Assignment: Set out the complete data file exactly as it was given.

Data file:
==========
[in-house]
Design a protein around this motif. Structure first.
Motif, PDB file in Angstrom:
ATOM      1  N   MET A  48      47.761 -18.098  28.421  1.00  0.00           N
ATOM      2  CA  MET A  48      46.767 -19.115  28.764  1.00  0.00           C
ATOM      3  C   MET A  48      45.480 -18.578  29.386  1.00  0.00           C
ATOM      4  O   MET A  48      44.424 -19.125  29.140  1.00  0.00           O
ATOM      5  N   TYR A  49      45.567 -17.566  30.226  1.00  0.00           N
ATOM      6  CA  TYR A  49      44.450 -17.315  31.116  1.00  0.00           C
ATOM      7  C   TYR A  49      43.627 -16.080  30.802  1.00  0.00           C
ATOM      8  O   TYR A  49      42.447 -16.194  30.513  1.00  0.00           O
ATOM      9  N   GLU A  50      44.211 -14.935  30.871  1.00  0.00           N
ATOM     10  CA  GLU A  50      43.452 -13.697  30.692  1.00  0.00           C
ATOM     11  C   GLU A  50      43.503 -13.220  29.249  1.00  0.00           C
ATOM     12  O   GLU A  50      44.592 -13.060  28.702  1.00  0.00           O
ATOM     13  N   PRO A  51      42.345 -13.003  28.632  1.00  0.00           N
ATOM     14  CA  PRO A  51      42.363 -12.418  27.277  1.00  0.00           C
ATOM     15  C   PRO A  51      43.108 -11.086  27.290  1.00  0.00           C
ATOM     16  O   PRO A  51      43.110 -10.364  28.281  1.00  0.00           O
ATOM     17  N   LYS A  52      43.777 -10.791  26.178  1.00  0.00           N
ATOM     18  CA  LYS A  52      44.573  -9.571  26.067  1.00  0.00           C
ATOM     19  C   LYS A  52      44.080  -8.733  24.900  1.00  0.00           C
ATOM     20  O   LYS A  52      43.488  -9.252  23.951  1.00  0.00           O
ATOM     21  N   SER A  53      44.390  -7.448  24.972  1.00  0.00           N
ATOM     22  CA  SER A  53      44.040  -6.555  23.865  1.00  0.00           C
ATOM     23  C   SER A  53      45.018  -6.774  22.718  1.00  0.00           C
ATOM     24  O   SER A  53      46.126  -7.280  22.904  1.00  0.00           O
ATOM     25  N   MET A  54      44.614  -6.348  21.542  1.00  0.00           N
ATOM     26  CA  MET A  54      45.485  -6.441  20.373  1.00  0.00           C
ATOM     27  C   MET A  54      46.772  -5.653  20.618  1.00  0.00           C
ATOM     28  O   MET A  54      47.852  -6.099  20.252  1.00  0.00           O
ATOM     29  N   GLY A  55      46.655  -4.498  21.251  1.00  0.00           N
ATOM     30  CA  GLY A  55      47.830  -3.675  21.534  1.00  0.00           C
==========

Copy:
[in-house]
Design a protein around this motif. Structure first.
Motif, PDB file in Angstrom:
ATOM      1  N   MET A  48      47.761 -18.098  28.421  1.00  0.00           N
ATOM      2  CA  MET A  48      46.767 -19.115  28.764  1.00  0.00           C
ATOM      3  C   MET A  48      45.480 -18.578  29.386  1.00  0.00           C
ATOM      4  O   MET A  48      44.424 -19.125  29.140  1.00  0.00           O
ATOM      5  N   TYR A  49      45.567 -17.566  30.226  1.00  0.00           N
ATOM      6  CA  TYR A  49      44.450 -17.315  31.116  1.00  0.00           C
ATOM      7  C   TYR A  49      43.627 -16.080  30.802  1.00  0.00           C
ATOM      8  O   TYR A  49      42.447 -16.194  30.513  1.00  0.00           O
ATOM      9  N   GLU A  50      44.211 -14.935  30.871  1.00  0.00           N
ATOM     10  CA  GLU A  50      43.452 -13.697  30.692  1.00  0.00           C
ATOM     11  C   GLU A  50      43.503 -13.220  29.249  1.00  0.00           C
ATOM     12  O   GLU A  50      44.592 -13.060  28.702  1.00  0.00           O
ATOM     13  N   PRO A  51      42.345 -13.003  28.632  1.00  0.00           N
ATOM     14  CA  PRO A  51      42.363 -12.418  27.277  1.00  0.00           C
ATOM     15  C   PRO A  51      43.108 -11.086  27.290  1.00  0.00           C
ATOM     16  O   PRO A  51      43.110 -10.364  28.281  1.00  0.00           O
ATOM     17  N   LYS A  52      43.777 -10.791  26.178  1.00  0.00           N
ATOM     18  CA  LYS A  52      44.573  -9.571  26.067  1.00  0.00           C
ATOM     19  C   LYS A  52      44.080  -8.733  24.900  1.00  0.00           C
ATOM     20  O   LYS A  52      43.488  -9.252  23.951  1.00  0.00           O
ATOM     21  N   SER A  53      44.390  -7.448  24.972  1.00  0.00           N
ATOM     22  CA  SER A  53      44.040  -6.555  23.865  1.00  0.00           C
ATOM     23  C   SER A  53      45.018  -6.774  22.718  1.00  0.00           C
ATOM     24  O   SER A  53      46.126  -7.280  22.904  1.00  0.00           O
ATOM     25  N   MET A  54      44.614  -6.348  21.542  1.00  0.00           N
ATOM     26  CA  MET A  54      45.485  -6.441  20.373  1.00  0.00           C
ATOM     27  C   MET A  54      46.772  -5.653  20.618  1.00  0.00           C
ATOM     28  O   MET A  54      47.852  -6.099  20.252  1.00  0.00           O
ATOM     29  N   GLY A  55      46.655  -4.498  21.251  1.00  0.00           N
ATOM     30  CA  GLY A  55      47.830  -3.675  21.534  1.00  0.00           C